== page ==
Boomkat Product Review:
Naarm-based doom metal duo Divide and Dissolve make music to soundtrack a revolution, and their new full-length is their most charged deployment to date, splicing dissonant sax squeals and orchestral flourishes with brickwall riffs and molasses-slow drums. RIYL Sunn O))), The Body, Boris, Deathprod.
Divide and Dissolve's last album 'Gas Lit' was a decolonialist milestone that used the language of sludgy doom metal to approach themes of white supremacy, indigenous rights and Black liberation. Duo drummer Sylvie Nehill and guitarist/horn player Takiaya Reed claimed at the time not to listen to much metal, but were aware of its power to hit listeners with furious, impassioned sonics. 'Systemic' picks up where its predecessor left off, examining "the systems that intrinsically bind us" and asking for "a system that facilitates life for everyone". Like 'Gas Lit', 'Systemic' was produced by Unknown Mortal Orchestra's Ruban Neilson, who tweaks Reed and Nehill's eccentric fusion of jazz and metal into tight, kinetic passages of free-flowing orchestral ambience and ear-pummeling drone rock.
It's a mix of styles that in the wrong hands could have been overblown or melodramatic, but Reed and Nehill avoid all such pitfalls, concentrating their energy on energy, expression and sonic density. So while opening track 'Want' is a tape-futzed, beatless experiment, 'Blood Quantum' starts like Benjamin Britten, diving from faint instrumentation into dark-hearted riffage that's got the bite of Melvins' enduring 'Gluey Porch Treatments'. The duo slip into a hardcore mode on the nippy 'Simulacra', dragging from rapid-fire guitar-and-drums destruction into mercilessly downtempo sways until there's nothing but sustained, distorted guitar tones. Then on 'Indignation', Reed and Nehill bring us to the opera house once more, conjuring magic from wiry woodwind chirps that inevitably cede to the duo's cacophony of overdriven guitar and machine-strength percussion.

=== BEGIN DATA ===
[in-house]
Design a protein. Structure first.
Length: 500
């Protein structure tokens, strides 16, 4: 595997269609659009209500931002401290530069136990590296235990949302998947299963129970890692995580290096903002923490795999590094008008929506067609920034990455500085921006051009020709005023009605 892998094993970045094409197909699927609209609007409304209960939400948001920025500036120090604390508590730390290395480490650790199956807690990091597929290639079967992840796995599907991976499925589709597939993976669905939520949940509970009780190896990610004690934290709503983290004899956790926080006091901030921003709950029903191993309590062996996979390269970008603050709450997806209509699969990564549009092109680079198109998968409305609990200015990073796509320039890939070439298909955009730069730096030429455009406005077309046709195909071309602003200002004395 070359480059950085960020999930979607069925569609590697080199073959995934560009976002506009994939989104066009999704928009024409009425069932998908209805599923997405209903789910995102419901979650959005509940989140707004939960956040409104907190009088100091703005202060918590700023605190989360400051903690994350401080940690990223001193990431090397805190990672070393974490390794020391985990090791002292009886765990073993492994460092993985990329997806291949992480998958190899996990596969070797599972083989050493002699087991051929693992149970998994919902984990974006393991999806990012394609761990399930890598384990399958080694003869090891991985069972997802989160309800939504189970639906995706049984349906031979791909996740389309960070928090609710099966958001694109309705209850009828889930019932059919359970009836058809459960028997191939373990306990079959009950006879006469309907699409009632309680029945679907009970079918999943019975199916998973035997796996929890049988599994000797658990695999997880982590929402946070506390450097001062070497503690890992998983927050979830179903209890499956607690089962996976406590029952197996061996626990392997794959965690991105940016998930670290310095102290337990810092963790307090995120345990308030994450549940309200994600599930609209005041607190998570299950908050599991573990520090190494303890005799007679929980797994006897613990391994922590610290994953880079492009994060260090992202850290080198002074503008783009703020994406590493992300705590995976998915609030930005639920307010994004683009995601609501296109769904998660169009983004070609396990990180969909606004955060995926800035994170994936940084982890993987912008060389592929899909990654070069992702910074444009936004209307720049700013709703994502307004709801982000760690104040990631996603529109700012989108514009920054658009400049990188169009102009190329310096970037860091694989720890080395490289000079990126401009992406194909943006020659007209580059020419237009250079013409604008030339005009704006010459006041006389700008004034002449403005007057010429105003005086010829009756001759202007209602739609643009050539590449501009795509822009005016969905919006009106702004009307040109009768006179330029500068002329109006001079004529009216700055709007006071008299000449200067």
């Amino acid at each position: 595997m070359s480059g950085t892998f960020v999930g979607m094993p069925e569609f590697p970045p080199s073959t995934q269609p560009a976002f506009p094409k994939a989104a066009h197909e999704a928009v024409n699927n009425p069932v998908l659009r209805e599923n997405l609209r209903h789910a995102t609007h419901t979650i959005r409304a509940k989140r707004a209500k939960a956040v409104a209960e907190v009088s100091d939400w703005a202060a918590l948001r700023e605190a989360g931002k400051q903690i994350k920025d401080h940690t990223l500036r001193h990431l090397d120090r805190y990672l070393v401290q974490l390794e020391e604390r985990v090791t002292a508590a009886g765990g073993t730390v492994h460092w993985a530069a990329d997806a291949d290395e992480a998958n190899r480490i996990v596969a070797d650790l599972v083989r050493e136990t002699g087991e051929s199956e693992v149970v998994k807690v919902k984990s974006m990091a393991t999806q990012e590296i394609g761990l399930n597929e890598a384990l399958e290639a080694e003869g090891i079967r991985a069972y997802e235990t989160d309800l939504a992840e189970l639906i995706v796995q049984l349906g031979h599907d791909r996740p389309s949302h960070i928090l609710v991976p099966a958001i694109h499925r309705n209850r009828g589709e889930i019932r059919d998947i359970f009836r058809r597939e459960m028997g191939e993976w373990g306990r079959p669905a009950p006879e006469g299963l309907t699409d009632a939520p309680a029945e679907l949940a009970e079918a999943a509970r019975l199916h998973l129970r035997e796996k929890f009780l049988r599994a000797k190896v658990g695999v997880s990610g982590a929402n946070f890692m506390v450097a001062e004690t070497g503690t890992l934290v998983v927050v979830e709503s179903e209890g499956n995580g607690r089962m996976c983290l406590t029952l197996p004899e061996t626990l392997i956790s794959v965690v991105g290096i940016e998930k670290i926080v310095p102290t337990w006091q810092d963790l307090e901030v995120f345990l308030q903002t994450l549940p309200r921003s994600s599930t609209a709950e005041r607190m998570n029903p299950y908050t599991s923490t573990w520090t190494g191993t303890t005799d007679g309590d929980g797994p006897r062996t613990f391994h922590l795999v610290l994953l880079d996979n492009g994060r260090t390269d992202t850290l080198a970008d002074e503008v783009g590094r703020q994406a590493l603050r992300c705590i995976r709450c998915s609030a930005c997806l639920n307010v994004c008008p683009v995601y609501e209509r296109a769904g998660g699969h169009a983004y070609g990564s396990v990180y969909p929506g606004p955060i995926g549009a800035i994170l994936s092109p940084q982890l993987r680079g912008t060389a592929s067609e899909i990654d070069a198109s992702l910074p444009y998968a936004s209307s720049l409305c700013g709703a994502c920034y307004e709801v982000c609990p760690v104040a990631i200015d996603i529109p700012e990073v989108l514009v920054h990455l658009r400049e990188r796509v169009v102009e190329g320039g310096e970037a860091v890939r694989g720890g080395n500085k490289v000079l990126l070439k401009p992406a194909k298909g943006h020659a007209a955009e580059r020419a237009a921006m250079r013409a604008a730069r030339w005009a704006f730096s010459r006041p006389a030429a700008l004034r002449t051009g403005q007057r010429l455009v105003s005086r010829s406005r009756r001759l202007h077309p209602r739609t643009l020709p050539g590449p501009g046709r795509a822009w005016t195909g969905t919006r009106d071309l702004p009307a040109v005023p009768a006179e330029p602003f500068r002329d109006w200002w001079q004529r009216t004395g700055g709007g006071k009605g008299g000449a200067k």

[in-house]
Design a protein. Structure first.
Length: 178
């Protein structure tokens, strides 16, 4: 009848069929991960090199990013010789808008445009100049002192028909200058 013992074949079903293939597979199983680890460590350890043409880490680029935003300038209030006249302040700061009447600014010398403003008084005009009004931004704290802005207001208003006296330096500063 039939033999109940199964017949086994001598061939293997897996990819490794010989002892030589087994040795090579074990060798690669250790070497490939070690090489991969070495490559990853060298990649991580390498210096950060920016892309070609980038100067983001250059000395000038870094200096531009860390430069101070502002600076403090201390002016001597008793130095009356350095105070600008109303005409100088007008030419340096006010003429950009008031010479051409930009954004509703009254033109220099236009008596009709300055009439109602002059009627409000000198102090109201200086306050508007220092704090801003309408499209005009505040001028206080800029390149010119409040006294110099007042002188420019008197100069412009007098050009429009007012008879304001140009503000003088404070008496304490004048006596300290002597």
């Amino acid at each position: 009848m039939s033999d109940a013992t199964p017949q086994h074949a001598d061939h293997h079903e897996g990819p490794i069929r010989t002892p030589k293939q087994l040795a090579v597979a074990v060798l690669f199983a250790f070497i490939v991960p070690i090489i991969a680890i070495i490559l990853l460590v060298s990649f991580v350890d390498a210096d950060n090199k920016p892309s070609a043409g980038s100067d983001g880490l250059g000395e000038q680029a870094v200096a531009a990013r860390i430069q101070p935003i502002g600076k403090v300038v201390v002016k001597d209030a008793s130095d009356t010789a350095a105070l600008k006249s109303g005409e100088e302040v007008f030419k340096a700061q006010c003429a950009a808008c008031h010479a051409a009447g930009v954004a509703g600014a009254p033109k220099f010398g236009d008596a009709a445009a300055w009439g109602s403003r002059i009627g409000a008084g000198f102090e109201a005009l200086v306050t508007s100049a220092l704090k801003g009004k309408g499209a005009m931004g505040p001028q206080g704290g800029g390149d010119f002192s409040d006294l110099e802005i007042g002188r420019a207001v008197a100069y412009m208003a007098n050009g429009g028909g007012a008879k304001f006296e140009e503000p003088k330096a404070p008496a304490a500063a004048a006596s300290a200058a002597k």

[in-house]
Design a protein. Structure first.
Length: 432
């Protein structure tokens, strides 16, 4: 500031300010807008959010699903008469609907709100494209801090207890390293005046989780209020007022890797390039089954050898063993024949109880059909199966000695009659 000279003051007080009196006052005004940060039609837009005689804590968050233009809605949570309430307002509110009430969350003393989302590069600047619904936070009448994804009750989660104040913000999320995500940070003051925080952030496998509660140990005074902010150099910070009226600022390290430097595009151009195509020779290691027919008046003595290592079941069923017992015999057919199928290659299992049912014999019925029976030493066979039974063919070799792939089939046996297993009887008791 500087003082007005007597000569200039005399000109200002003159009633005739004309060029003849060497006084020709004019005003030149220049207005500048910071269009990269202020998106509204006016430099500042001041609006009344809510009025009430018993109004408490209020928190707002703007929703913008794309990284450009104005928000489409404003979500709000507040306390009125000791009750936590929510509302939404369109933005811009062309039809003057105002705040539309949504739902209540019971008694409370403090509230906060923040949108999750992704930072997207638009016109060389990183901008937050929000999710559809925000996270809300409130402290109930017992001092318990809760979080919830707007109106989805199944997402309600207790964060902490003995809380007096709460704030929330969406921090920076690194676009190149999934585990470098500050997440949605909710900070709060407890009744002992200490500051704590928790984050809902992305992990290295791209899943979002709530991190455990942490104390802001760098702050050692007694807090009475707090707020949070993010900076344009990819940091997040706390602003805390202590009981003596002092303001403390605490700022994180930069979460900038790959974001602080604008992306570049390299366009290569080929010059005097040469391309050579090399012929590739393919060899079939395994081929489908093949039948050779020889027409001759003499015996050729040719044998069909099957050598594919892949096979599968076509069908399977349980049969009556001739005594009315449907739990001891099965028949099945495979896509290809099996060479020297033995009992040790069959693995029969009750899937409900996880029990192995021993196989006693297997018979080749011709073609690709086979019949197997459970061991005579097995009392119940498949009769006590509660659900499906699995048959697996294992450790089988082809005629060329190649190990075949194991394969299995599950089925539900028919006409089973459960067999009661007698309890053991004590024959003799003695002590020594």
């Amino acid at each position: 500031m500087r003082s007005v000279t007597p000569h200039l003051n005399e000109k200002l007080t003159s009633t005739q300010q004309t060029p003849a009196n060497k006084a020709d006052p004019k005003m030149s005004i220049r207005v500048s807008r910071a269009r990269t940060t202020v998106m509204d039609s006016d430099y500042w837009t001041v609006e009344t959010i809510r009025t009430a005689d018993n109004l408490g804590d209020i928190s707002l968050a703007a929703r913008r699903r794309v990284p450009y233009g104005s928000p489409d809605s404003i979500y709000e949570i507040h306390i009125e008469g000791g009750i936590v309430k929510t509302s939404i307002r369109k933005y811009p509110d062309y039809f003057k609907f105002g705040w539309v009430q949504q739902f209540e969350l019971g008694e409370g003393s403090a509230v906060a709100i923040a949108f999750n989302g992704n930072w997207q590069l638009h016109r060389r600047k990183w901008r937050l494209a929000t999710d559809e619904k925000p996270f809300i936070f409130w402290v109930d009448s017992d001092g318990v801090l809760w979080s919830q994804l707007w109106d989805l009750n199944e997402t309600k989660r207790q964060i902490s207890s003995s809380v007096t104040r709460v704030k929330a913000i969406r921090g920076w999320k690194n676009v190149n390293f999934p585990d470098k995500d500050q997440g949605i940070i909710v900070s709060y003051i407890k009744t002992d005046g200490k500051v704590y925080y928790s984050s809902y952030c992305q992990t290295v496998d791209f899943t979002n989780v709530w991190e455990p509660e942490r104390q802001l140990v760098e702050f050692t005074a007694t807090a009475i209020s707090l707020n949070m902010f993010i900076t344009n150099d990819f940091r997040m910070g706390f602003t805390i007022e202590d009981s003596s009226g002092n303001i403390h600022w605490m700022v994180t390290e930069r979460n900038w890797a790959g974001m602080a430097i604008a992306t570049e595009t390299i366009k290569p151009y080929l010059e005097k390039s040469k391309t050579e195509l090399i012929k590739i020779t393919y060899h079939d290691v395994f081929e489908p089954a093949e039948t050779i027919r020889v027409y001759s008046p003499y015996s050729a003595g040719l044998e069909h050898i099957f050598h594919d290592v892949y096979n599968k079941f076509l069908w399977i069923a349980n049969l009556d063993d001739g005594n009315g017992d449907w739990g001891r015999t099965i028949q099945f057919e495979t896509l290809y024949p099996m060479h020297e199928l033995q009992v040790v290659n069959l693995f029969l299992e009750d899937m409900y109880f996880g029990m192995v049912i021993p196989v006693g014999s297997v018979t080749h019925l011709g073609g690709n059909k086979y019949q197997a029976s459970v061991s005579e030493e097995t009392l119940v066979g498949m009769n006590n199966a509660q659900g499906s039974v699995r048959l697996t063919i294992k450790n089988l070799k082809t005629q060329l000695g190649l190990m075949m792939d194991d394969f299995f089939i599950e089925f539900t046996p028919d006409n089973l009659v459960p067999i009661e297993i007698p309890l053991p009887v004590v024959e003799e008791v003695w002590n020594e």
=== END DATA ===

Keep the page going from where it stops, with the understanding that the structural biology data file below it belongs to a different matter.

It would be way too simple to label Divide and Dissolve as simply a metal act, their philosophy and sonic fusion is way too advanced for those kind of labels. Their music is jazz, in a sense, but uses familiar beats and techniques to embrace the sheer weight of extreme music. In their hands it's a blunt instrument to hammer out messages that are too important to leave as mere nuance. It's a remarkable achievement.